The rosemary (in front) LOVES the full blast of the desert sun:


Lantana and bougainvillea:


…with one dark purple Easy Wave petunia throw in for fun contrast:


And we are valiantly trying cosmos again this year.  Last year, we tried cosmos starts two or three times in the bed by the front porch and it never lasted more than a week or two. Silly non-native desert dwellers that we are, we think just because the nursery sells it that it will actually GROW here! So, here, we are trying it in the backyard instead. It does NOT look promising so far.  We’ll keep you posted!


So, that wraps up the late April Casa Encantada Garden Tour!! Thanks for stopping by!!

Tuesday, April 28

Progress on our West Courtyard deck


Affectionately dubbed The West Courtyard, for over a year this area has taken a good-natured backseat to the work we have been doing inside the house, in backyard and in the East Courtyard.  It finally got some much-needed attention this last weekend.  Here’s what we started with, photos taken this past winter:


And here’s a progress pic:


Ken spent the ENTIRE day on Saturday sanding off the remnants of burgundy paint from the previous owners’ efforts. Then on Sunday, he planted trees in the backyard while I stained the deck. Here’s how it turned out:


We decided to use an Australian timber oil stain rather than opaque paint. It’s a blend of linseed oil, tung oil and alkyds. We’ll find out next year whether this was a good decision. Under the intense southern Arizona sun, who knows! The paint certainly didn’t last, so we figured it was worth a try. And even if we need to apply a fresh coat every year, I think the oil application process is quite a bit easier than painting.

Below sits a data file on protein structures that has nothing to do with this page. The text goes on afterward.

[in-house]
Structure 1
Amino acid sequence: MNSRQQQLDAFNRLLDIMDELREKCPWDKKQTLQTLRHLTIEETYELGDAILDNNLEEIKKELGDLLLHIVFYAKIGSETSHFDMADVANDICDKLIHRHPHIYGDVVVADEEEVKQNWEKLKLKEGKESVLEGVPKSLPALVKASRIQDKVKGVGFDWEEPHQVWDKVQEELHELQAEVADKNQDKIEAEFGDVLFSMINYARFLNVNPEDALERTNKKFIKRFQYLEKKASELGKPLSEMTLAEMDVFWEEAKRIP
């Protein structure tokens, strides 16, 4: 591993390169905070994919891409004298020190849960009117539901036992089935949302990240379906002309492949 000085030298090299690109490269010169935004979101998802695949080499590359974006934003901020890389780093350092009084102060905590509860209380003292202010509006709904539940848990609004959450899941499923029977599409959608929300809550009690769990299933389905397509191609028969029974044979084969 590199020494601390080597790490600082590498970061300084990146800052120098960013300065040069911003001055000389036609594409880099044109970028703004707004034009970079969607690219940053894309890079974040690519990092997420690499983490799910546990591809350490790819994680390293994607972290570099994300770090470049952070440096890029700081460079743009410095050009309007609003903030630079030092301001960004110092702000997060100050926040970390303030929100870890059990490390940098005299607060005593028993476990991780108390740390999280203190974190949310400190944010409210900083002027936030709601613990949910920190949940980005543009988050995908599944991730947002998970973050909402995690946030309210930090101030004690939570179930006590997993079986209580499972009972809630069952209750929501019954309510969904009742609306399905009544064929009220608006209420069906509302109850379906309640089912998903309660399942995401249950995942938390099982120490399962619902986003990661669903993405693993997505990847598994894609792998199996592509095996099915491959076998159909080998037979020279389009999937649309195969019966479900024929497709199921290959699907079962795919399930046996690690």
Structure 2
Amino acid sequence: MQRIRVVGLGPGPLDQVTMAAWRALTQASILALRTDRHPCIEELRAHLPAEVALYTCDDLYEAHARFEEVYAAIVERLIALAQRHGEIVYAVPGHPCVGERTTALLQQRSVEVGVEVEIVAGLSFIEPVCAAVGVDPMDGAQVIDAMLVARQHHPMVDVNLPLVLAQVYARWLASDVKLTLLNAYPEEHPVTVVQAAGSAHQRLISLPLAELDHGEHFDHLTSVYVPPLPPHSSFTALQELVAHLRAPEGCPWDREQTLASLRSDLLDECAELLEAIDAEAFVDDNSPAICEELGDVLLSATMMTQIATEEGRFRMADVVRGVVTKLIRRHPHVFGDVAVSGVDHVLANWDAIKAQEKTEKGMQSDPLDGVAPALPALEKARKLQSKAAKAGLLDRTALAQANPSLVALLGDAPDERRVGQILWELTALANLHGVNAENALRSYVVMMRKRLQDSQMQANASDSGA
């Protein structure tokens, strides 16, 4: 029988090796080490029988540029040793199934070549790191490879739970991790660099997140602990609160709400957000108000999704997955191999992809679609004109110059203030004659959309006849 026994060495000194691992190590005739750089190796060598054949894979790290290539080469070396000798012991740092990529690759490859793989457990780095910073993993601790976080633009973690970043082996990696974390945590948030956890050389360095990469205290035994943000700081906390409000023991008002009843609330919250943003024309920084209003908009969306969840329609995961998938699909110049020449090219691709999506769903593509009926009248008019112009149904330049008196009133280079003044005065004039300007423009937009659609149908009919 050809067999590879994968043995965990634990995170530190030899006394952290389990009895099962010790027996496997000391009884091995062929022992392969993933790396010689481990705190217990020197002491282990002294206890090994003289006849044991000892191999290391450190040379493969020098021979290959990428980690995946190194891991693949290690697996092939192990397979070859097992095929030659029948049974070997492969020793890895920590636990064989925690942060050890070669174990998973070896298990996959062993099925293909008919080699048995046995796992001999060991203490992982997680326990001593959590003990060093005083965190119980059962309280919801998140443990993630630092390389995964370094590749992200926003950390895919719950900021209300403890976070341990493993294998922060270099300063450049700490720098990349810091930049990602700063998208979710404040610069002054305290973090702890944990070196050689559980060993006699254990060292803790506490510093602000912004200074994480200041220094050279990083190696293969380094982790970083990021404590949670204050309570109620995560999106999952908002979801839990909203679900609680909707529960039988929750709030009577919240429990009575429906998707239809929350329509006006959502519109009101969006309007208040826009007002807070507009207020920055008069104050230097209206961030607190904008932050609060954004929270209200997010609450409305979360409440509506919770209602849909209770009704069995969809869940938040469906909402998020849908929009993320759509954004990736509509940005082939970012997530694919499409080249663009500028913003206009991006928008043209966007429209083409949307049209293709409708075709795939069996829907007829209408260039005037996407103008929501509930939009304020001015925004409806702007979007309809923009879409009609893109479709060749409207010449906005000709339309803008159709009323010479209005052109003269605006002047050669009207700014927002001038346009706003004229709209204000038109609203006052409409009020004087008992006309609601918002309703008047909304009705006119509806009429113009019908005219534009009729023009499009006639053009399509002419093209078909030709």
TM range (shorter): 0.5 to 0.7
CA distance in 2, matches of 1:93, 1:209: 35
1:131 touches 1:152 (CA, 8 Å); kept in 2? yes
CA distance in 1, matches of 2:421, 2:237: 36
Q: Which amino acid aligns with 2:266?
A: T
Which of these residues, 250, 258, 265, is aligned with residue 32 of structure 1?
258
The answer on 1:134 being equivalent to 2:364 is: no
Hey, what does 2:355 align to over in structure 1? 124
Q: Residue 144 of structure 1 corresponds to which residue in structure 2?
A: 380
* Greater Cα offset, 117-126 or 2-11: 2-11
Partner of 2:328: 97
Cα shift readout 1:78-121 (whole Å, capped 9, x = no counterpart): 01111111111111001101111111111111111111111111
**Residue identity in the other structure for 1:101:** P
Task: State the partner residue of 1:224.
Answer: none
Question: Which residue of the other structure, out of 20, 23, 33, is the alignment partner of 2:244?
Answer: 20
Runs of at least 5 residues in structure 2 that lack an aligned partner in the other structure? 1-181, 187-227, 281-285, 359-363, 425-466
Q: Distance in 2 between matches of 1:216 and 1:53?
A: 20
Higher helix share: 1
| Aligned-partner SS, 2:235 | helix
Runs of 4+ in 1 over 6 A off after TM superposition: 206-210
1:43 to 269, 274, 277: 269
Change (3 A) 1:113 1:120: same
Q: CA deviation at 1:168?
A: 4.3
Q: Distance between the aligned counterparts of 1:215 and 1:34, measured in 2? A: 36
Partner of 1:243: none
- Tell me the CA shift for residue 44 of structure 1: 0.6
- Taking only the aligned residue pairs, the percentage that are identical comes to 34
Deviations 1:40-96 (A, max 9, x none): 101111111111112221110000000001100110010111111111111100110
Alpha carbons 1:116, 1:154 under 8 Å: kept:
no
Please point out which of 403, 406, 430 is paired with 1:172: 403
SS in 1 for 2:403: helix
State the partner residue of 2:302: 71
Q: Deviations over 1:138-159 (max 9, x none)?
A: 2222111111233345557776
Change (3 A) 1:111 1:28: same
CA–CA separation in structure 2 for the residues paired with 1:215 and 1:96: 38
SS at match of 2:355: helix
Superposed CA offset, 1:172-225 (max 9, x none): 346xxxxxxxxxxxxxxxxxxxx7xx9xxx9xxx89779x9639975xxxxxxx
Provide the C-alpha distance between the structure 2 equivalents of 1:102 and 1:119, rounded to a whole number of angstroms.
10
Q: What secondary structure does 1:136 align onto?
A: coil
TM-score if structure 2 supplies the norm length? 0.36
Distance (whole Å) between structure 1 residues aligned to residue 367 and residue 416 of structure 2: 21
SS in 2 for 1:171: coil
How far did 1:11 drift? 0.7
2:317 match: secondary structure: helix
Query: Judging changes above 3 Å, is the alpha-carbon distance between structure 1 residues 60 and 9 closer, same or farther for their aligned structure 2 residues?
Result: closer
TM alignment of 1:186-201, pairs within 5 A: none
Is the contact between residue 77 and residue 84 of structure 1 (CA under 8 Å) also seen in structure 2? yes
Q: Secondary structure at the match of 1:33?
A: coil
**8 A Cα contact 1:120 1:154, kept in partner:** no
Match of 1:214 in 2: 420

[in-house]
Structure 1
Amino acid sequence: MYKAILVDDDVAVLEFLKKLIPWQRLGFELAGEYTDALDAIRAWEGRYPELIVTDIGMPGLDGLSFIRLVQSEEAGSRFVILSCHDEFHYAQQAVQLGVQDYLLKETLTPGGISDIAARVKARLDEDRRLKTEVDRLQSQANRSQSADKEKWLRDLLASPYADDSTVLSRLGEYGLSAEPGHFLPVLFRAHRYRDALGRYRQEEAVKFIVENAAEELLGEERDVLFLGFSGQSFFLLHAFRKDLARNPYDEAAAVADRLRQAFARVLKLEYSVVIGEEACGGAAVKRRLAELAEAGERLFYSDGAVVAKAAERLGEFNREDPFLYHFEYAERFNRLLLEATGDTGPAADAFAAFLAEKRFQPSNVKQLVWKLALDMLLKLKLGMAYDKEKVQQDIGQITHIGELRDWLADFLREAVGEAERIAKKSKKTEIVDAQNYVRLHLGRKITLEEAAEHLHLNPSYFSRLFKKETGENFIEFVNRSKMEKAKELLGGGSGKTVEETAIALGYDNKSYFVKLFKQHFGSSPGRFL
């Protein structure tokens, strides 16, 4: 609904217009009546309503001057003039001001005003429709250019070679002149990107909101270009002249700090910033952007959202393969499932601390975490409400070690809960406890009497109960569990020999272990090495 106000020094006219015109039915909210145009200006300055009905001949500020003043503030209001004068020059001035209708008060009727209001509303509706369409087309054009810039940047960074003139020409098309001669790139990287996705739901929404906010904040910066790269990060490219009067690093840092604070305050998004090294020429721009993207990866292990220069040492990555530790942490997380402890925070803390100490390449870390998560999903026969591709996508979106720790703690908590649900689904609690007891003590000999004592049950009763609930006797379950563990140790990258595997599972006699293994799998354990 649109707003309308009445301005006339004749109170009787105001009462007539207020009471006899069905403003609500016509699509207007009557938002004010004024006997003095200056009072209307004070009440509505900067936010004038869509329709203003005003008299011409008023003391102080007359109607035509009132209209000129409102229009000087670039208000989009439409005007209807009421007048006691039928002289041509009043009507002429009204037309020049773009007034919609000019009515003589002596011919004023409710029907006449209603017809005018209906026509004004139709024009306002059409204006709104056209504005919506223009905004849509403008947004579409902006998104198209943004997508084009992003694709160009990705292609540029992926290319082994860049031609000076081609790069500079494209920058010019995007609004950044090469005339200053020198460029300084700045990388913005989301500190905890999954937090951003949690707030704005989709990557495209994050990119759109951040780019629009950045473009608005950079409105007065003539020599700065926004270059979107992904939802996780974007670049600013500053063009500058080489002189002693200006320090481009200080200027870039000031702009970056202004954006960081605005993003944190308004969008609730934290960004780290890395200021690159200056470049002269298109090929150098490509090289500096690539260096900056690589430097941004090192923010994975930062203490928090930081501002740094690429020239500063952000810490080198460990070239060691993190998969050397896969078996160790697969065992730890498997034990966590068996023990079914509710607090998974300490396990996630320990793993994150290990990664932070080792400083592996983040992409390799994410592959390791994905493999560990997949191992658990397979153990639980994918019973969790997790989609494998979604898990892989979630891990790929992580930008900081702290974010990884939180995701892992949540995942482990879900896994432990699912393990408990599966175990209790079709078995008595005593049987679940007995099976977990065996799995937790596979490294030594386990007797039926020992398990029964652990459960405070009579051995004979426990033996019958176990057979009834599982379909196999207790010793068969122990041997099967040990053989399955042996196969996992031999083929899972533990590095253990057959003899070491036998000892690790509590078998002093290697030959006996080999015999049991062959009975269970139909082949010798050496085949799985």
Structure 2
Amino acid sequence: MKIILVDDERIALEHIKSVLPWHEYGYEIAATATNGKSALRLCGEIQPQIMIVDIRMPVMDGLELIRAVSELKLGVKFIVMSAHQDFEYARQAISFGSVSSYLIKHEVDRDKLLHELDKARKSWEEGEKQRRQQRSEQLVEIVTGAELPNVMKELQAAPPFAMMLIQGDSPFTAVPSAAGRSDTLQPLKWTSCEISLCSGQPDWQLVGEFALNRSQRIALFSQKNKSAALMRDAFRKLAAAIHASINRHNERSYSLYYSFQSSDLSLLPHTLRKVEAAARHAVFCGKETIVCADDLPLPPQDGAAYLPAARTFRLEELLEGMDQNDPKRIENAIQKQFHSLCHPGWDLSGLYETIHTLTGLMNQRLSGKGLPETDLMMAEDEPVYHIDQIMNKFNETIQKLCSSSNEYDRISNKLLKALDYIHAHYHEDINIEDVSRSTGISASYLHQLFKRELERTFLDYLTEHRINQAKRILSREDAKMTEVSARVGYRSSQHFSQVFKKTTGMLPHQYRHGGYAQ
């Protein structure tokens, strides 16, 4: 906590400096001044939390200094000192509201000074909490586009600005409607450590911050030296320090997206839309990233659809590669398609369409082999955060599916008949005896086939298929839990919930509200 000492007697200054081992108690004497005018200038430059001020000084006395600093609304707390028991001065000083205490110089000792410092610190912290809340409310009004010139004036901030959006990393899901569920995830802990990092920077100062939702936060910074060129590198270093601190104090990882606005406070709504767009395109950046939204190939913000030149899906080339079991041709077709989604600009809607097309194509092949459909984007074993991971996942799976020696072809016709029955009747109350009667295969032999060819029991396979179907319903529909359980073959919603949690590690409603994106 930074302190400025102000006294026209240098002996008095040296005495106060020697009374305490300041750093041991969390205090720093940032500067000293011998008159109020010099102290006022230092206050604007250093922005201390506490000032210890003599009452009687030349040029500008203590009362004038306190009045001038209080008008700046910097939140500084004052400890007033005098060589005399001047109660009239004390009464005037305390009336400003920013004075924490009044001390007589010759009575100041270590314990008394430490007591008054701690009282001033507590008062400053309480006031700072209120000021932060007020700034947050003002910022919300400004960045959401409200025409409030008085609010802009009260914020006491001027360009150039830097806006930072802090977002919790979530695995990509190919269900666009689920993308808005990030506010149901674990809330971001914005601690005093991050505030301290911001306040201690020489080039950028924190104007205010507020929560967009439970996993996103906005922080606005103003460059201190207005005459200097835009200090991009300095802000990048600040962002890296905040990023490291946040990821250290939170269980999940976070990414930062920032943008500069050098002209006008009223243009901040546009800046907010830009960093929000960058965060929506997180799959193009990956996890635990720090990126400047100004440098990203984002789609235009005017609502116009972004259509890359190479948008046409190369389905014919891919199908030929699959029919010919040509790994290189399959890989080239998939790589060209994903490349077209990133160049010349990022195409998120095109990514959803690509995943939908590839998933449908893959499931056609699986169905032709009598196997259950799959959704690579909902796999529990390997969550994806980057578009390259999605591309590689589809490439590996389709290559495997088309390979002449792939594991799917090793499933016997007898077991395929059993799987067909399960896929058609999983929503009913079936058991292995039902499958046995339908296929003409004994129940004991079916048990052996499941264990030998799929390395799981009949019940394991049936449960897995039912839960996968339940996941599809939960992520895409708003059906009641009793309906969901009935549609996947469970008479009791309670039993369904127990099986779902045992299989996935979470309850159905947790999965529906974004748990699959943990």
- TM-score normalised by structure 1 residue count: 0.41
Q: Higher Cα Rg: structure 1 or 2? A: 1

We’re really happy with how it turned out. Once it is completely dry, we’ll be able to say for sure. We definitely love the more natural look the oil gives!  Can’t wait for some GREAT seating to turn up on Craig’s List!

Monday, April 27

Quote: What is possible from this life?


"When I am working with someone about his or her relationship to food, I am constantly struck with how little one's food obsession has to do with food. No matter how urgent the eating problem seems -- I've been bingeing for three straight weeks, I've gained thirty pounds in the last ten days, I have diabetes and can't stop eating sugar -- within five minutes of conversation, the issue is no longer about food and almost completely about what he or she believes is possible from this life they are living." 

-Geneen Roth
Author, “When Food is Love”

HarvestHarvest, by MechelleDesigns, Suwanee, Georgia

Monday, April 20

Quote: A sobering conclusion


"I have come to the sobering conclusion that I am the decisive element.  It is my personal approach that creates the climate.  It is my daily mood that makes the weather.  I possess tremendous power to make life miserable or joyous.  I can be a tool of torture or an instrument of inspiration; I can humiliate or humor, hurt or heal. 

In all situations, it is my response that decides whether a drama is escalated or de-escalated."

circa 1800


Perfect Wave, by Carrie Tasman of Corvallis, Oregon.

Wednesday, April 15

Playing for Change



Oh joy! I came across this wonderful video on Robin’s blog.  An international musical sound mixing marvel, it’s “Stand by Me” performed by musicians all around the world.  I checked out their website, Playing for Change, and found more videos!  Here’s another! 

Tuesday, April 14

More Fabric Auditioning

Back to the quilt shop! Oh, darn. (NOT!)